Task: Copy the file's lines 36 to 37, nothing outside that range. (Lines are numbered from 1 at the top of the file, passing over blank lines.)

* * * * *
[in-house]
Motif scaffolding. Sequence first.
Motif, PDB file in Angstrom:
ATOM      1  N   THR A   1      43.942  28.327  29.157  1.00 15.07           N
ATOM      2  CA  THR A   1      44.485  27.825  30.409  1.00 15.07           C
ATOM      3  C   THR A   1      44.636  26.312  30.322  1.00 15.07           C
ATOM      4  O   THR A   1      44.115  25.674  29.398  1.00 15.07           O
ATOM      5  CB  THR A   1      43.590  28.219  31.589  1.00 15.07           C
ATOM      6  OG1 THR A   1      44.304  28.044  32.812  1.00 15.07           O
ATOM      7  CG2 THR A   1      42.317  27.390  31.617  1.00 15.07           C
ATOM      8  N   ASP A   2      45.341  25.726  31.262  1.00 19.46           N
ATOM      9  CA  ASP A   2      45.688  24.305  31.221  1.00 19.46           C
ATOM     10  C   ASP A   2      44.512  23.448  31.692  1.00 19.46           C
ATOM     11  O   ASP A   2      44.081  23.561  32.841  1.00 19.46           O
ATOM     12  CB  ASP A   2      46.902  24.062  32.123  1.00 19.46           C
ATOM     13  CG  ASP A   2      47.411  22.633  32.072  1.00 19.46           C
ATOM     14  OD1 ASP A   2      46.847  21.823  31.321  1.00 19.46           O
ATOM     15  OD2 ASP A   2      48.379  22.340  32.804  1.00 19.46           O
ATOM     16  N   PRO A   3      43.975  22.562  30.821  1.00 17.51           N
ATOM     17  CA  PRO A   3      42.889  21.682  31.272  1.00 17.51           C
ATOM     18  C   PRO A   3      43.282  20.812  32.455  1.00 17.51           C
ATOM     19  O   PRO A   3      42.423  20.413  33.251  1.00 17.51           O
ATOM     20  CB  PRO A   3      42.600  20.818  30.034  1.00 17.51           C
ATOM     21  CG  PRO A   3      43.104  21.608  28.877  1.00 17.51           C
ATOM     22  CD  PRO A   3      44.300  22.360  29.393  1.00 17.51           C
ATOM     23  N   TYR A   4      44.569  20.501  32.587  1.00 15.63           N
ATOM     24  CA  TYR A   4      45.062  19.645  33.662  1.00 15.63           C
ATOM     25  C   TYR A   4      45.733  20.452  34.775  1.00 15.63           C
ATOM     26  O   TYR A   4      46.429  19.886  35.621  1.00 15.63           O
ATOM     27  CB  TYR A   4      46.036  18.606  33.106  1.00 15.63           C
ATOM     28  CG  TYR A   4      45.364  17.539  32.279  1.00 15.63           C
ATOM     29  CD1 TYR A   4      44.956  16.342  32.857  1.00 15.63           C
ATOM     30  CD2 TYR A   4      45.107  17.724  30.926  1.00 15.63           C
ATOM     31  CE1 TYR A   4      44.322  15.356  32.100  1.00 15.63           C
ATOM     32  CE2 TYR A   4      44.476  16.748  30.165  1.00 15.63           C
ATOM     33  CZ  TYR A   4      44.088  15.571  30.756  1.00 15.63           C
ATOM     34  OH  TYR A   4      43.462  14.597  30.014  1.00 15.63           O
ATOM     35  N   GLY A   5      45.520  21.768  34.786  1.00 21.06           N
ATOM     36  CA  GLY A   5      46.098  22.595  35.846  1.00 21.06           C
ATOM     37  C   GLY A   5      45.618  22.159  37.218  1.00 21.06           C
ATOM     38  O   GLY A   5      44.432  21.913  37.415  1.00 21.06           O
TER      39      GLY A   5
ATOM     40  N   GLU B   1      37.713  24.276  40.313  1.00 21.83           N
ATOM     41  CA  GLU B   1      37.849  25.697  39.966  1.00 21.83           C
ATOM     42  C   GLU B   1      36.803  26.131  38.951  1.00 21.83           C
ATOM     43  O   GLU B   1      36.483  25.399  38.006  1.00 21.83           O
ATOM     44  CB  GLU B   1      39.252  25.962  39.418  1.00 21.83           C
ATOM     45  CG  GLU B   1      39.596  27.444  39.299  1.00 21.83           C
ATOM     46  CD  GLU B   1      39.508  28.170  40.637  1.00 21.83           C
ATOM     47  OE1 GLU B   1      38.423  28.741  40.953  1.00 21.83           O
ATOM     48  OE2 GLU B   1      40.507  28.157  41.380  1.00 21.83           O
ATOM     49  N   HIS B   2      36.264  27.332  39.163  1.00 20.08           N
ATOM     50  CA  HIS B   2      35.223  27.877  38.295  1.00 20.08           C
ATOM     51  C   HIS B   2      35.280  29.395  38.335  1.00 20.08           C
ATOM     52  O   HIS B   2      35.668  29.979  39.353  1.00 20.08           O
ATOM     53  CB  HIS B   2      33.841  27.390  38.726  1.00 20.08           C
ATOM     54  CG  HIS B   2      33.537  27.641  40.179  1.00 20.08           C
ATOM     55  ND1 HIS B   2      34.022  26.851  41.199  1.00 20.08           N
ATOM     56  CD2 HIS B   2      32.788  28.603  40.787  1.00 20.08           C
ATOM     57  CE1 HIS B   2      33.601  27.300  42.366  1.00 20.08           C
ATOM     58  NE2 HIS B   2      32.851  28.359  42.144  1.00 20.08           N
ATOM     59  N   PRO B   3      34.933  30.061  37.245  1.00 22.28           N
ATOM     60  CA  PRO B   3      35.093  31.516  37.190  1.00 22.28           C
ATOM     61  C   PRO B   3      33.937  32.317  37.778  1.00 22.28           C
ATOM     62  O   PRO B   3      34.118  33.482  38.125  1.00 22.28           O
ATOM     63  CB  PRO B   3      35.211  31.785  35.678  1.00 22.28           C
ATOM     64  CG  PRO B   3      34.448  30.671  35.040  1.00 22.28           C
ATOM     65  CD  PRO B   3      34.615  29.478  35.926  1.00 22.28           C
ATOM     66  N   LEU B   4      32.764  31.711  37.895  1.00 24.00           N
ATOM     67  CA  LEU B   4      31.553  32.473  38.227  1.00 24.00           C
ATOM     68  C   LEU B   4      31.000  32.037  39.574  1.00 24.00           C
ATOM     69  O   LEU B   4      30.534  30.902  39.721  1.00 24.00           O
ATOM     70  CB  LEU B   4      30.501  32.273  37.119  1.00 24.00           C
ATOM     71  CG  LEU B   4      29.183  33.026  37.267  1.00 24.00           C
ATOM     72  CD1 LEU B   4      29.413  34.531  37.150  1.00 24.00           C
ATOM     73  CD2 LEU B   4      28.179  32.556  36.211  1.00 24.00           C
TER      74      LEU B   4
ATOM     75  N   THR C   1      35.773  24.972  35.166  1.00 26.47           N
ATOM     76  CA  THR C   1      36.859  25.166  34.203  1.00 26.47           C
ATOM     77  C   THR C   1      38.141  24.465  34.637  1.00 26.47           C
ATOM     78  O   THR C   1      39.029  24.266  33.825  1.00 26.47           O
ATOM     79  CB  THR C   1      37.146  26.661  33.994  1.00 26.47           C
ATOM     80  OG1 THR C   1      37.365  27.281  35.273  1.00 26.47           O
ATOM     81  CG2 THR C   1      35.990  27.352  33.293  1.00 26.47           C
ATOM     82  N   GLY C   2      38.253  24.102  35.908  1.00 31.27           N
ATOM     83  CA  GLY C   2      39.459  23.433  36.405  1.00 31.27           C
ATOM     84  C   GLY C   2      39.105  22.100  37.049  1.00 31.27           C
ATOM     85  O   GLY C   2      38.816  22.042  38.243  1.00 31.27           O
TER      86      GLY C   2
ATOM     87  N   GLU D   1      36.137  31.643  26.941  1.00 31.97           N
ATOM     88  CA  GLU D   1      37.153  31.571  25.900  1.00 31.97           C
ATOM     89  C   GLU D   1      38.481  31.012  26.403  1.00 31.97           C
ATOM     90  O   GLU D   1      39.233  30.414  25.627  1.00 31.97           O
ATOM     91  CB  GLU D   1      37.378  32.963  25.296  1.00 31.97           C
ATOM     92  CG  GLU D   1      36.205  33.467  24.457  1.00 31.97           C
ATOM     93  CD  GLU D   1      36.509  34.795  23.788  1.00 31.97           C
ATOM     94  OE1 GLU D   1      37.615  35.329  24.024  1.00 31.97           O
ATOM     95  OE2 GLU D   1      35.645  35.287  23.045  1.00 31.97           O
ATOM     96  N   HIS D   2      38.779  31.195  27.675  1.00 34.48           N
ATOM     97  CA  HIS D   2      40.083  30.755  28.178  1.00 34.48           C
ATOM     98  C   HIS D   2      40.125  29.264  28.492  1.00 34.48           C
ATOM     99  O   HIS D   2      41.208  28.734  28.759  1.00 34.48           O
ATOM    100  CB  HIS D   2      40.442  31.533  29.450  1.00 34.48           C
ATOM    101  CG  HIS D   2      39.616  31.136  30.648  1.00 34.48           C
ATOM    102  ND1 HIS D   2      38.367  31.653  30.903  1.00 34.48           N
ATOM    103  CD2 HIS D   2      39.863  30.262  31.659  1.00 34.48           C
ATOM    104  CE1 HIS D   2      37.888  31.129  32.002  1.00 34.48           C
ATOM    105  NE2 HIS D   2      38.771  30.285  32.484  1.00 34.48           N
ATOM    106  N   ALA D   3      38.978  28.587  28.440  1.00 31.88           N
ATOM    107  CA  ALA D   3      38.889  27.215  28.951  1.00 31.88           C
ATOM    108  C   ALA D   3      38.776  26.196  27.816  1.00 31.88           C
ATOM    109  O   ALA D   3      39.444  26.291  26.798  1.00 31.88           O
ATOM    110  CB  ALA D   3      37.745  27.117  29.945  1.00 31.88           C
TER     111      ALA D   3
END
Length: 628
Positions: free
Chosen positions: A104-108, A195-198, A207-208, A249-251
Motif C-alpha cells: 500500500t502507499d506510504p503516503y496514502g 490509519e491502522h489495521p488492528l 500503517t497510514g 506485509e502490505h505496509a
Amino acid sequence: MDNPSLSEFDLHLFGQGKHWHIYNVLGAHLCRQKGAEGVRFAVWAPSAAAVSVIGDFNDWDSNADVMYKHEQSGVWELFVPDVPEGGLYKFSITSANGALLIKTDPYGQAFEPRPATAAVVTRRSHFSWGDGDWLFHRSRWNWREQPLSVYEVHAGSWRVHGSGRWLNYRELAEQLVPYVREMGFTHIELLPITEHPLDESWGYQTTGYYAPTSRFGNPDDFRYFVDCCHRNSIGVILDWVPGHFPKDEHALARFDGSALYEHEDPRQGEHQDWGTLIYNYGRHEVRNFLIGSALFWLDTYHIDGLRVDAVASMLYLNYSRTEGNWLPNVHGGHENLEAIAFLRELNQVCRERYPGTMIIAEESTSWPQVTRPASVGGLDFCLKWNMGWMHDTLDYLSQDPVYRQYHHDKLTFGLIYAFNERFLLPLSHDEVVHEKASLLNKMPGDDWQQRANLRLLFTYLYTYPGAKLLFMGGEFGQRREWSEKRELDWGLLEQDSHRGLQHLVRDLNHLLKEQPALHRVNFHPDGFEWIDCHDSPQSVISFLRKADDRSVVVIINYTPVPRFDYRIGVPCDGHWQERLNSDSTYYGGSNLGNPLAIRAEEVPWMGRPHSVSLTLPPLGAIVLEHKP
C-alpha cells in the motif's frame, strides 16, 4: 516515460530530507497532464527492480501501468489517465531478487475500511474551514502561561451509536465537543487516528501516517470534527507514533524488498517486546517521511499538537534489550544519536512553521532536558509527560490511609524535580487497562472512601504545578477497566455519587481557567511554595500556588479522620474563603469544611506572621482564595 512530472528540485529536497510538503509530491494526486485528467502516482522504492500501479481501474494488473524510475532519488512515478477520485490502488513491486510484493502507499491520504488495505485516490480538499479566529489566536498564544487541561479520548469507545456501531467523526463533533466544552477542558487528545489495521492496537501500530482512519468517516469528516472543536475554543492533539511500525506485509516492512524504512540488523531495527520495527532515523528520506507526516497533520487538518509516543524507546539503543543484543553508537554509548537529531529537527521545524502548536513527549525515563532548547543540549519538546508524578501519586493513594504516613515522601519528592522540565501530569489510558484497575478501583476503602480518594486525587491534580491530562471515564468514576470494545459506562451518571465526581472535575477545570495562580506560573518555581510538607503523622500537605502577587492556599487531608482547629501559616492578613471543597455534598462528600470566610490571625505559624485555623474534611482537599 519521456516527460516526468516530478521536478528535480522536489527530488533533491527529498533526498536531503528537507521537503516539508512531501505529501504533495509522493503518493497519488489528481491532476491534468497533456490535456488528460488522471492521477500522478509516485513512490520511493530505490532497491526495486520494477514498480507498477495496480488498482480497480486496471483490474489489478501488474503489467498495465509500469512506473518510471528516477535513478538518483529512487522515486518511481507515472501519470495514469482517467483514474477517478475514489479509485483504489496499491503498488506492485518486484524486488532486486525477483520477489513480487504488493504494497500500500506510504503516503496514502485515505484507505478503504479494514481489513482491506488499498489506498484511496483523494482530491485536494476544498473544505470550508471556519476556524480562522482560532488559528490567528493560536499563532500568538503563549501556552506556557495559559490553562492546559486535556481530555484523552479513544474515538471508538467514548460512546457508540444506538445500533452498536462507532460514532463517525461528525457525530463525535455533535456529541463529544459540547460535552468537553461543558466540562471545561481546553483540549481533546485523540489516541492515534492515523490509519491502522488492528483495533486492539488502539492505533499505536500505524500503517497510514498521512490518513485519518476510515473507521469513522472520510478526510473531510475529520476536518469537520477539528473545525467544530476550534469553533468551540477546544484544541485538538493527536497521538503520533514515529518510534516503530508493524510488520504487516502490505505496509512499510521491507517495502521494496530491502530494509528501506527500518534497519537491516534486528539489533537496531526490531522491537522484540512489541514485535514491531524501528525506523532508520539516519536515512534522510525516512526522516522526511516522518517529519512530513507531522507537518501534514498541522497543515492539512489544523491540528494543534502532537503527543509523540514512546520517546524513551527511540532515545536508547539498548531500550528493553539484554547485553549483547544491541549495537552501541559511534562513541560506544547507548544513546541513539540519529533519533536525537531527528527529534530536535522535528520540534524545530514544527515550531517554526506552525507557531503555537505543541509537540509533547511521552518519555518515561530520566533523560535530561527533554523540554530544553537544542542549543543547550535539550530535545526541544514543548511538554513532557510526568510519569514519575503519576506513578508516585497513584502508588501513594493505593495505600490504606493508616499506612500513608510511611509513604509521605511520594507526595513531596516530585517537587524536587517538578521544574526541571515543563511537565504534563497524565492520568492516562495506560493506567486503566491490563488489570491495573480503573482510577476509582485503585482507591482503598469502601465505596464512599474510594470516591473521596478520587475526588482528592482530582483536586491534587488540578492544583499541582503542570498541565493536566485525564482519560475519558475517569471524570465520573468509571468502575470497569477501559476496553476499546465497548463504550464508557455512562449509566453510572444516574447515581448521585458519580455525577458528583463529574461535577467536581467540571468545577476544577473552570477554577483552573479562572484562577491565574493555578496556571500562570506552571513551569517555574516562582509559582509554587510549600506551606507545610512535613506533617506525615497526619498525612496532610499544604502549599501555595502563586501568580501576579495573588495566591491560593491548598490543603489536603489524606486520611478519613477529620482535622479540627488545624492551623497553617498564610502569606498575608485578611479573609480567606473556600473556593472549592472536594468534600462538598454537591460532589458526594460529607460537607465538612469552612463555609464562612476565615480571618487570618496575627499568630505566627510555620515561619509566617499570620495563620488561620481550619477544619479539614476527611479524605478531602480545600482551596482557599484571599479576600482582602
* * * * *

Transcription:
ATOM     33  CZ  TYR A   4      44.088  15.571  30.756  1.00 15.63           C
ATOM     34  OH  TYR A   4      43.462  14.597  30.014  1.00 15.63           O